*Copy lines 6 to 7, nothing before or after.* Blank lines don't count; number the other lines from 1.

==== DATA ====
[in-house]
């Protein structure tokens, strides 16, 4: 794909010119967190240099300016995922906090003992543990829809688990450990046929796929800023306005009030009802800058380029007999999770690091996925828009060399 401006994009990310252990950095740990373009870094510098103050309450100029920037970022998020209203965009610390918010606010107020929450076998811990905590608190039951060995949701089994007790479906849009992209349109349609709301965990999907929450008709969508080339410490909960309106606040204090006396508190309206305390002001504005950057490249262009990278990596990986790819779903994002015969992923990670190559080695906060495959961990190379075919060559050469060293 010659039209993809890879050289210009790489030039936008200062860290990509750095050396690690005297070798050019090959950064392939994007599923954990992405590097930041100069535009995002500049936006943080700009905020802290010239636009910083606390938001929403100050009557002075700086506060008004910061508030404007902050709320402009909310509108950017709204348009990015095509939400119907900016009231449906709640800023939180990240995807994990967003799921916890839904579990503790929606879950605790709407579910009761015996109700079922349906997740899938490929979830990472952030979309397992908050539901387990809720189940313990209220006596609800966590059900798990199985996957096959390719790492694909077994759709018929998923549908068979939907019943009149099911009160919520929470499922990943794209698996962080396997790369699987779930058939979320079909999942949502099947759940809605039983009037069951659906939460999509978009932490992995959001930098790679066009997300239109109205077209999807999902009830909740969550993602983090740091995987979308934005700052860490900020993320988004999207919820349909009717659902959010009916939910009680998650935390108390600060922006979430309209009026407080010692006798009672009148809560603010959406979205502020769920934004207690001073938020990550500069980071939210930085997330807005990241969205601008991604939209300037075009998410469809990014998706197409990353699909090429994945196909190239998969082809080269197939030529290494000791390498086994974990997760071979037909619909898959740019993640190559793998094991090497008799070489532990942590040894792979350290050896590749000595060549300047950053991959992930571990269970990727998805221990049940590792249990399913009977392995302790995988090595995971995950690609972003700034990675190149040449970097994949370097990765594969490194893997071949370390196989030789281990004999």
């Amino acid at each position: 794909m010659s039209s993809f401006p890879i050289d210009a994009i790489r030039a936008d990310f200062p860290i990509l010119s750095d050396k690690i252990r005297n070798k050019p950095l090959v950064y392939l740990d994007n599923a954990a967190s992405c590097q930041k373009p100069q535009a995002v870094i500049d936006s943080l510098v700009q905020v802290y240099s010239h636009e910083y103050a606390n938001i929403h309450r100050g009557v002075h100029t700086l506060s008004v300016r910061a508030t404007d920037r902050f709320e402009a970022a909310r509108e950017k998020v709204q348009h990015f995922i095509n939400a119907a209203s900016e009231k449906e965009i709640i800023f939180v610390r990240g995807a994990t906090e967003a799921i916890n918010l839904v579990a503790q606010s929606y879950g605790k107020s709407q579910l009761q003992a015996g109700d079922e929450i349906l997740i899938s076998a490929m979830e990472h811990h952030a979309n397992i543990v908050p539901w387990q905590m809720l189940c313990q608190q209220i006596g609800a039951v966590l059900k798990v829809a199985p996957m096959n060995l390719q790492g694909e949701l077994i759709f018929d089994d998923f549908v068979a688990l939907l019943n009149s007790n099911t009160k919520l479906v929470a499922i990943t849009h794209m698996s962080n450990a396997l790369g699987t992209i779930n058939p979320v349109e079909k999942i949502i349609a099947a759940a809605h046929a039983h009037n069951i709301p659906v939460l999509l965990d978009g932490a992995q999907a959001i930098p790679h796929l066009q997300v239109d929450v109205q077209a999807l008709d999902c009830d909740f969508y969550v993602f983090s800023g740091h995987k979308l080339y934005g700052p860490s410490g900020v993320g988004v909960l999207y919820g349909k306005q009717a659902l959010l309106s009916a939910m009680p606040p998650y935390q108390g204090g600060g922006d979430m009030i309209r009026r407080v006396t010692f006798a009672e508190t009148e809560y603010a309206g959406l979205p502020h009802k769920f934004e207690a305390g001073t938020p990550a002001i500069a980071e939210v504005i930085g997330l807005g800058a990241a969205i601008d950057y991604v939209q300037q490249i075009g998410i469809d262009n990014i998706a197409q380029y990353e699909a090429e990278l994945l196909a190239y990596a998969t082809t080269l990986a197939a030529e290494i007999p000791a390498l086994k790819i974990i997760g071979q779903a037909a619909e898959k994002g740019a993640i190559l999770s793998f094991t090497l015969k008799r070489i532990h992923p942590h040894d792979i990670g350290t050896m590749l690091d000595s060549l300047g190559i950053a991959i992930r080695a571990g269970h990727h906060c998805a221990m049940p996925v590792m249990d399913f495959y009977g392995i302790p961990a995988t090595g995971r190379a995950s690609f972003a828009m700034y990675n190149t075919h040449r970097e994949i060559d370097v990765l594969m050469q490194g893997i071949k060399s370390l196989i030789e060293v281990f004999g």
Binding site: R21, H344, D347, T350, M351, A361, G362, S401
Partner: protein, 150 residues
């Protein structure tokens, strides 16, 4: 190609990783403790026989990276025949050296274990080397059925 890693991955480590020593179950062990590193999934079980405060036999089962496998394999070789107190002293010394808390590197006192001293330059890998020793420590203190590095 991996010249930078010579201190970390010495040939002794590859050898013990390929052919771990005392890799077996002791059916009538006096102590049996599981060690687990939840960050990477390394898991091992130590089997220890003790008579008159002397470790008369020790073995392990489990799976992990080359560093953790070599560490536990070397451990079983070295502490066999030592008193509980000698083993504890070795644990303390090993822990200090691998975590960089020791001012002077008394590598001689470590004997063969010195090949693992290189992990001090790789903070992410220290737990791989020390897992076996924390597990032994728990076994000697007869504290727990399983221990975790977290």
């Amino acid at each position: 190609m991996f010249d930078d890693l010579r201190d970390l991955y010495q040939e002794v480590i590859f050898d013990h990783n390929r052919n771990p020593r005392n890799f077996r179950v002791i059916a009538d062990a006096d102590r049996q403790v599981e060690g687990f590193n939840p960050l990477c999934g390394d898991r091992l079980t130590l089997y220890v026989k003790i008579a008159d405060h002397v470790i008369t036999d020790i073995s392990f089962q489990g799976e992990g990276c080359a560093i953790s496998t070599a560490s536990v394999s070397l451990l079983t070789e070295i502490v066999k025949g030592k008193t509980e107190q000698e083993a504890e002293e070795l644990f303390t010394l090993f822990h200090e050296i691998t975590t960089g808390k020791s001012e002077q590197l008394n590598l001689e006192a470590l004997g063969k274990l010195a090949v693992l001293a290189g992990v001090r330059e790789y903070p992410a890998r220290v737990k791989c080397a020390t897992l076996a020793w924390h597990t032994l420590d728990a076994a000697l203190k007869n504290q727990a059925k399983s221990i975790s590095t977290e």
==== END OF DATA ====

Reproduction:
């Protein structure tokens, strides 16, 4: 190609990783403790026989990276025949050296274990080397059925 890693991955480590020593179950062990590193999934079980405060036999089962496998394999070789107190002293010394808390590197006192001293330059890998020793420590203190590095 991996010249930078010579201190970390010495040939002794590859050898013990390929052919771990005392890799077996002791059916009538006096102590049996599981060690687990939840960050990477390394898991091992130590089997220890003790008579008159002397470790008369020790073995392990489990799976992990080359560093953790070599560490536990070397451990079983070295502490066999030592008193509980000698083993504890070795644990303390090993822990200090691998975590960089020791001012002077008394590598001689470590004997063969010195090949693992290189992990001090790789903070992410220290737990791989020390897992076996924390597990032994728990076994000697007869504290727990399983221990975790977290």
């Amino acid at each position: 190609m991996f010249d930078d890693l010579r201190d970390l991955y010495q040939e002794v480590i590859f050898d013990h990783n390929r052919n771990p020593r005392n890799f077996r179950v002791i059916a009538d062990a006096d102590r049996q403790v599981e060690g687990f590193n939840p960050l990477c999934g390394d898991r091992l079980t130590l089997y220890v026989k003790i008579a008159d405060h002397v470790i008369t036999d020790i073995s392990f089962q489990g799976e992990g990276c080359a560093i953790s496998t070599a560490s536990v394999s070397l451990l079983t070789e070295i502490v066999k025949g030592k008193t509980e107190q000698e083993a504890e002293e070795l644990f303390t010394l090993f822990h200090e050296i691998t975590t960089g808390k020791s001012e002077q590197l008394n590598l001689e006192a470590l004997g063969k274990l010195a090949v693992l001293a290189g992990v001090r330059e790789y903070p992410a890998r220290v737990k791989c080397a020390t897992l076996a020793w924390h597990t032994l420590d728990a076994a000697l203190k007869n504290q727990a059925k399983s221990i975790s590095t977290e």